”It is often assumed that knowledge claims must be justified. But what kind of justification is required for knowledge ? . . . ” (*) -/- presupposition: the kind of epistemic justification depends on the type of the knowledge claim and its respective knowledge claim tradeoff ’vague vs. precise’. -/- procedere: in two - almost purely logical - case studies I account for this tradeoff and question in each case what (if any) were its general outcome wrt justification -/- first (...)
    Remove from this list   Direct download (3 more)  
     
    Export citation  
     
    Bookmark  
  15. Dennett’s Prime-Mammal Objection to the Consequence Argument.Johan E. Gustafsson - 2023 - Theoria 89 (4):467-470.
    The Consequence Argument is the classic argument for the incompatibility of determinism and our ability to do otherwise. Daniel C. Dennett objects that the Consequence Argument suffers from the same error as a clearly unconvincing argument that there are no mammals. In this paper, I argue that these arguments do not suffer from the same error. The argument that there are no mammals is unconvincing as it takes the form of a sorites, whereas the Consequence Argument does not. Accordingly, Dennett's (...)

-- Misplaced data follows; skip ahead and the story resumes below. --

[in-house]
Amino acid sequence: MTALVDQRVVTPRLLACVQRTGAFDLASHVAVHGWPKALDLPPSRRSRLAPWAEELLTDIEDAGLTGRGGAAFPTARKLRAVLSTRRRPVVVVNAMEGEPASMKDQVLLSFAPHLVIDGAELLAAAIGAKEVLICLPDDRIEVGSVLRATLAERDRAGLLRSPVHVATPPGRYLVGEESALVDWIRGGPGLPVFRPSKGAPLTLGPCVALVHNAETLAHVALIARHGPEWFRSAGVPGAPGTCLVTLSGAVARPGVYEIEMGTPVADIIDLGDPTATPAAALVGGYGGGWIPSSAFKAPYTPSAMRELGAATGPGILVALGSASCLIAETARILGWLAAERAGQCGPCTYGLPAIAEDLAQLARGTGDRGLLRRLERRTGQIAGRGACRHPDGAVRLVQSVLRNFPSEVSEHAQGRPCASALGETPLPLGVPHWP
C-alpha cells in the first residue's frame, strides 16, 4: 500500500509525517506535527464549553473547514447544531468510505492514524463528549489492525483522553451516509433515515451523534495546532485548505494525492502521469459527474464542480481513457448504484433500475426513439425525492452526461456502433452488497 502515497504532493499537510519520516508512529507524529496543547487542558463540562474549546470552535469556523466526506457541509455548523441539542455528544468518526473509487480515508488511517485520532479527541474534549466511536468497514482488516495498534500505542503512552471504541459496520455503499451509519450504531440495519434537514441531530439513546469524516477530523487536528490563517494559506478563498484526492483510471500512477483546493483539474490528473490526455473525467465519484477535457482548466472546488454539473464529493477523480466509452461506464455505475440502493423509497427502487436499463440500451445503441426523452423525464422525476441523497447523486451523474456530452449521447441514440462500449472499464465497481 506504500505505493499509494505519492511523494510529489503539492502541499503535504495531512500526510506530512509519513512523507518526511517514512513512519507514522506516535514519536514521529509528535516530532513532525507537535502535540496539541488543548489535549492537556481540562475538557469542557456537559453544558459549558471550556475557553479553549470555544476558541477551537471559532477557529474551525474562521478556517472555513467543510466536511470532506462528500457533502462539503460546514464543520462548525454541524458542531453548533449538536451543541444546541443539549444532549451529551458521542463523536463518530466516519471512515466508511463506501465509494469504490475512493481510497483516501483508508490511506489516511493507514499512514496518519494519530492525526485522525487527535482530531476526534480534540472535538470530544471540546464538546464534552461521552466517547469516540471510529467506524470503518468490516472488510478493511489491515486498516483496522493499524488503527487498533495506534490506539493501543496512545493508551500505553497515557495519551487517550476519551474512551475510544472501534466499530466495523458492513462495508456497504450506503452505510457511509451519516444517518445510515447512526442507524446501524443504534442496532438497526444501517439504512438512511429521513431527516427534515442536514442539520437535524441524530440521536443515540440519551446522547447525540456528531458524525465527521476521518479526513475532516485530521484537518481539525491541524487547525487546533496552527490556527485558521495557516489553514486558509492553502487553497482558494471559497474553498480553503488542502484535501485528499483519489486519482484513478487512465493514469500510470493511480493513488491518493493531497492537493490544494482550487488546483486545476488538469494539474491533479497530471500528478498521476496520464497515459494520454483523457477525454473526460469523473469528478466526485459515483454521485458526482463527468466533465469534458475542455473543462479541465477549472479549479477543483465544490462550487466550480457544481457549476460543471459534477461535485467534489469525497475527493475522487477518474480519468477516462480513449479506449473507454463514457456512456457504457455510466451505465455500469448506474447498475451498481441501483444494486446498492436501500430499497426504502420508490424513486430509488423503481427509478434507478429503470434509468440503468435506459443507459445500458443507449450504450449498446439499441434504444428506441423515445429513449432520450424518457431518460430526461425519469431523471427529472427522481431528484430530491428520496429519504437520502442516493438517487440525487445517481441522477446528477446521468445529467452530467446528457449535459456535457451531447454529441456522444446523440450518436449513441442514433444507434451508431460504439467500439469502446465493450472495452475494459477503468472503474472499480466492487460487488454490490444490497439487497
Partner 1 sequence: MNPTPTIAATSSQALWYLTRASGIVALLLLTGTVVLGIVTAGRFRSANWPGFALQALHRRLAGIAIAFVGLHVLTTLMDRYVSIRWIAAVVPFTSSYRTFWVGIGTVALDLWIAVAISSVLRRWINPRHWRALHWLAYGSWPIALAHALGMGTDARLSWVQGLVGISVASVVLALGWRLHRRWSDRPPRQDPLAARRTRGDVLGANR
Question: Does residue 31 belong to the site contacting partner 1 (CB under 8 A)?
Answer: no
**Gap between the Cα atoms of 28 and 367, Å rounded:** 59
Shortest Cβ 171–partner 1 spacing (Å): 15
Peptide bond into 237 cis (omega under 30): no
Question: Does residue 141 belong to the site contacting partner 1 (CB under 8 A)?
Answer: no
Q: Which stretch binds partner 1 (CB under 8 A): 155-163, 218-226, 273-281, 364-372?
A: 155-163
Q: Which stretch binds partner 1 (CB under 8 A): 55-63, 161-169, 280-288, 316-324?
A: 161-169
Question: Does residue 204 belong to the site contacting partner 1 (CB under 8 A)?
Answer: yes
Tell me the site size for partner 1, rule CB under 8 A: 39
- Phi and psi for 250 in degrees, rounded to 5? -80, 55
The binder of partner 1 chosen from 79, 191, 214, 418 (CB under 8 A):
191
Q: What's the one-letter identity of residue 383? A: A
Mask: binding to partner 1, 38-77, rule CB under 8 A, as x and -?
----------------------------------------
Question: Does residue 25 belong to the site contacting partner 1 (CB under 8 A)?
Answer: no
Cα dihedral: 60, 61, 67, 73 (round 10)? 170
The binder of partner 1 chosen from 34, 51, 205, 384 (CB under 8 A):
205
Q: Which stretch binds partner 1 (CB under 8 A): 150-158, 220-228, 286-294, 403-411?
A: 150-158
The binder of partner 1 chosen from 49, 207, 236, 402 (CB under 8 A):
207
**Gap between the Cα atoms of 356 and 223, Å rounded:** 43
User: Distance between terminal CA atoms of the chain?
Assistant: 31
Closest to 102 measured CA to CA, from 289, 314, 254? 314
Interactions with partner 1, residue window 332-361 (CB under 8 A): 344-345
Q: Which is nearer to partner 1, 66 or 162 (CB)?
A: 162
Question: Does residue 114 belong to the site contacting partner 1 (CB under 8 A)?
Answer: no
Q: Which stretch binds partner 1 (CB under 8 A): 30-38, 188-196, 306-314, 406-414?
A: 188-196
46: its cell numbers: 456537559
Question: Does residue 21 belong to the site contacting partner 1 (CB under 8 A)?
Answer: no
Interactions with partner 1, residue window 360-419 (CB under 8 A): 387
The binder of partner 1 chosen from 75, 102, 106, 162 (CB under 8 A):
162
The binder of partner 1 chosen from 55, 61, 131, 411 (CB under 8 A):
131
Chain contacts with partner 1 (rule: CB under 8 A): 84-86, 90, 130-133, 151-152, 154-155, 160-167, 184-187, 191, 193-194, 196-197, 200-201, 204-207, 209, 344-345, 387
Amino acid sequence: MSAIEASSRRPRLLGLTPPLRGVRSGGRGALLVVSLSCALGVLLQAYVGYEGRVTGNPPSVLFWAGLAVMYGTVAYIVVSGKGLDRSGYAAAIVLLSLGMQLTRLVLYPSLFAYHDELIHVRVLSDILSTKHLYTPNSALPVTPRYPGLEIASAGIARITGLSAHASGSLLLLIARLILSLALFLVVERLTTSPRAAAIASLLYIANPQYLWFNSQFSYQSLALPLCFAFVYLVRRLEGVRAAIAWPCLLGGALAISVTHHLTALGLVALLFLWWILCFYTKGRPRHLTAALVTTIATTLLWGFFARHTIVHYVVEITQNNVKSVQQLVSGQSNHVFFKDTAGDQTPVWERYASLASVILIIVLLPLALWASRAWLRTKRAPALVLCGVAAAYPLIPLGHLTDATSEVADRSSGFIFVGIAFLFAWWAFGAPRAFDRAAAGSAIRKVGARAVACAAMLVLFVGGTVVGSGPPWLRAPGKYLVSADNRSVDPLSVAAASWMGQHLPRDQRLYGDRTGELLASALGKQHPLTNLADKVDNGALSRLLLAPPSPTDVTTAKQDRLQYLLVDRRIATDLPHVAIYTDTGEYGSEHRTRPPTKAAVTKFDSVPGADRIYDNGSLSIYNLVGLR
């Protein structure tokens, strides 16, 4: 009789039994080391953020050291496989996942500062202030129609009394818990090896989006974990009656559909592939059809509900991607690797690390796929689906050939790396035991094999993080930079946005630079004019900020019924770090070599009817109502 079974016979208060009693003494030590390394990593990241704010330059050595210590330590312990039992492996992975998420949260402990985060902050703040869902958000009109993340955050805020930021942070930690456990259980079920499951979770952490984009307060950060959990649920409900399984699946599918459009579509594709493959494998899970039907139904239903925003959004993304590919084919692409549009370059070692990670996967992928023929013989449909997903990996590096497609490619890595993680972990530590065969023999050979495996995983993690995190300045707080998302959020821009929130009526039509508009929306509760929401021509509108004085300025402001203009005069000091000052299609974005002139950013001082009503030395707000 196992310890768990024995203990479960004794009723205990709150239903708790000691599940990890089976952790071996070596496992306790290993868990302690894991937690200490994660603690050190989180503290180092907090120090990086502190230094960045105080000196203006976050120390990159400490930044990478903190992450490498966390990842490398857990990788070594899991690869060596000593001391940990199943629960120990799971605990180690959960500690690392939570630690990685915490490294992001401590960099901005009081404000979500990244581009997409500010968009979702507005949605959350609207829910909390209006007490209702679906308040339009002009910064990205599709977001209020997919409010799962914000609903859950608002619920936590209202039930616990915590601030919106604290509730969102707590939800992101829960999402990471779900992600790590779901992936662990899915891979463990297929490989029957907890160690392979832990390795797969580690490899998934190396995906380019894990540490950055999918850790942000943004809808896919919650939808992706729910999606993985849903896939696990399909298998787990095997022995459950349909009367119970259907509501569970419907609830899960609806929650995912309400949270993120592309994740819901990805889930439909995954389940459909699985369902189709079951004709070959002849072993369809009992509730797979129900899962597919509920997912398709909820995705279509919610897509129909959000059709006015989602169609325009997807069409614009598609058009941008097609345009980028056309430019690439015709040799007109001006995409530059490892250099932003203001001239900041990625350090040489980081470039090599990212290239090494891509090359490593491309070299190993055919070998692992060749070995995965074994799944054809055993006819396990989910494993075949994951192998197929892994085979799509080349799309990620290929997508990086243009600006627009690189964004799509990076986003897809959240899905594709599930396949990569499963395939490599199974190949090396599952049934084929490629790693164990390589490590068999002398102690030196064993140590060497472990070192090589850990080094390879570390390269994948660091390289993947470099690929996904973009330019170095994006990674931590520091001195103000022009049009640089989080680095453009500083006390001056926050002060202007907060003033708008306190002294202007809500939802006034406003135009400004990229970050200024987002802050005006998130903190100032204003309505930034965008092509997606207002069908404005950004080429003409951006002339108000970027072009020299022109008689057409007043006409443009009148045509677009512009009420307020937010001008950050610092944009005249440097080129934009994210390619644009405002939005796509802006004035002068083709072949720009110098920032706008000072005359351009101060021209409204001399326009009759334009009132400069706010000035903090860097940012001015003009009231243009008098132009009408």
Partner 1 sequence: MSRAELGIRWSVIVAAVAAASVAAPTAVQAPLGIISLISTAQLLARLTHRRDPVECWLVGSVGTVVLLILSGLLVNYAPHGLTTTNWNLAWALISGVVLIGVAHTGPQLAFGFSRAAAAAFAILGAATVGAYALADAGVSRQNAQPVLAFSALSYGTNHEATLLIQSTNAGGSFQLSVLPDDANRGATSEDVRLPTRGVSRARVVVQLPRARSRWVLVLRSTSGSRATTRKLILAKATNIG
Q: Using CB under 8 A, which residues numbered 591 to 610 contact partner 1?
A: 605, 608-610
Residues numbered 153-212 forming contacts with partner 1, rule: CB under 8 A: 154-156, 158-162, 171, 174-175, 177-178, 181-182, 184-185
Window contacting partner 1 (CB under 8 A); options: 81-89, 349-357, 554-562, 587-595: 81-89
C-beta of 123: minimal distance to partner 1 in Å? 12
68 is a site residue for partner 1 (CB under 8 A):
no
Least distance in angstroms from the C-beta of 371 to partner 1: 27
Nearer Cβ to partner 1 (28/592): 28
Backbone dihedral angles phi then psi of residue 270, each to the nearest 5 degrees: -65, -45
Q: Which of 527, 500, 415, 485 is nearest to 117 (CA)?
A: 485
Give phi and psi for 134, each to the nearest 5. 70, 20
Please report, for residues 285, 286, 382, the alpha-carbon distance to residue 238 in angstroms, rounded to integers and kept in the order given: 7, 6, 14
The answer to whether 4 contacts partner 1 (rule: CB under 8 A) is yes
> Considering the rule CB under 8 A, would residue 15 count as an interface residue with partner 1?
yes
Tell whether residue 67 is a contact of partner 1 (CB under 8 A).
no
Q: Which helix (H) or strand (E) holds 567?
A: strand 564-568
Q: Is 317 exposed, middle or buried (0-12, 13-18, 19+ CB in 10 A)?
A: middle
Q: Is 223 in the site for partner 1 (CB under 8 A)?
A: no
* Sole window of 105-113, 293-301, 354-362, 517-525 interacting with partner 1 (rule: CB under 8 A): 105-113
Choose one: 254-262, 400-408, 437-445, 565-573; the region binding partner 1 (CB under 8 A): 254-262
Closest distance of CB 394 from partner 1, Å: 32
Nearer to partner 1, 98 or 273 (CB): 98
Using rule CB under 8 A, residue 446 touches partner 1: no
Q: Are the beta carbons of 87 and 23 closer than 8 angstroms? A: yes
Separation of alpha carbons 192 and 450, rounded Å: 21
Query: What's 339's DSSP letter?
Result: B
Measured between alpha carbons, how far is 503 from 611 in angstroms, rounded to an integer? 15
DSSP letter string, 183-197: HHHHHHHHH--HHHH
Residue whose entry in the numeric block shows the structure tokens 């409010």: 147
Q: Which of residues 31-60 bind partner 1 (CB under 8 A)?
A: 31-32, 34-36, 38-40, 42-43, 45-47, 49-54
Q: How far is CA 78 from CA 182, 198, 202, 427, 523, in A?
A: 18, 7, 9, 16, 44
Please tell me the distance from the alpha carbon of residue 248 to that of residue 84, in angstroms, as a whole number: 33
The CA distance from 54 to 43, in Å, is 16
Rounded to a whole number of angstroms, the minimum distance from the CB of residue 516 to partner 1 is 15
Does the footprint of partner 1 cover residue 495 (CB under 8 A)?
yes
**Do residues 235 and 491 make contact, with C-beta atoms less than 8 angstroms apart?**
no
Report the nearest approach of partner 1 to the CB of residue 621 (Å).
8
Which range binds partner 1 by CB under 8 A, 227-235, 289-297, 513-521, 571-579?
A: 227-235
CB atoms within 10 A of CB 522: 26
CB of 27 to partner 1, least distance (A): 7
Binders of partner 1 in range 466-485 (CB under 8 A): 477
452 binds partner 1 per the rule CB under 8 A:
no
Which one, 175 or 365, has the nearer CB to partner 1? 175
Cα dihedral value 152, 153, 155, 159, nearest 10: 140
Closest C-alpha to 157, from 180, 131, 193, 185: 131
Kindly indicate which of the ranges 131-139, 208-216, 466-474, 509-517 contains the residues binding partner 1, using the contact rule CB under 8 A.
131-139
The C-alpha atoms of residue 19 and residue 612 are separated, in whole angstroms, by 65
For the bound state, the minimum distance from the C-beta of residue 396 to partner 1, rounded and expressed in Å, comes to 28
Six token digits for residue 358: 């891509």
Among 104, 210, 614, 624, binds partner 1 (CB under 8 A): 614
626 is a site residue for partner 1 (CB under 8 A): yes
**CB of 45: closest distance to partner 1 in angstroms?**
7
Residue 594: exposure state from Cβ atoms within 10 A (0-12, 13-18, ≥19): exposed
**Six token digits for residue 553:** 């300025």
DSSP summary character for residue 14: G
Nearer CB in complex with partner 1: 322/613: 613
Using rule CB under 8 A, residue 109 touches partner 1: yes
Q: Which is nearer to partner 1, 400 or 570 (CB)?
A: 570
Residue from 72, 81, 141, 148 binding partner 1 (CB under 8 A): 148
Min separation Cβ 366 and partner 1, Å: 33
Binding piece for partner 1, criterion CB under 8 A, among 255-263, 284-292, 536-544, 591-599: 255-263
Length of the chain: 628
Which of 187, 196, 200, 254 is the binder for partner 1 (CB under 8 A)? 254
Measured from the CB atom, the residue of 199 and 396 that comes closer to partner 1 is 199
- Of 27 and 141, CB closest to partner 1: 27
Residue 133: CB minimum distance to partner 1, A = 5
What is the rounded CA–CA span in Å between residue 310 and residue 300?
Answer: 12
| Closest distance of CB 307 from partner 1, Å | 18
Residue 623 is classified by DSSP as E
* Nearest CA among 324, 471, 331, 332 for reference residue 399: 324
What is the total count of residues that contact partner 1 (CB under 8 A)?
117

Remove from this list   Direct download (4 more)  
     
    Export citation  
     
    Bookmark  
  16. Some Remarks on the Notion of Paradox.Sergi Oms - 2023 - Acta Analytica 38 (2):211-228.
    This paper argues that the traditional characterization of the notion of paradox — an apparently valid argument with apparently true premises and an apparently false conclusion — is too narrow; there are paradoxes that do not satisfy it. After discussing, and discarding, some alternatives, an outline of a new characterization of the notion of paradox is presented. A paradox is found to be an apparently valid argument such that, apparently, it does not present the kind of commitment to the conclusion (...)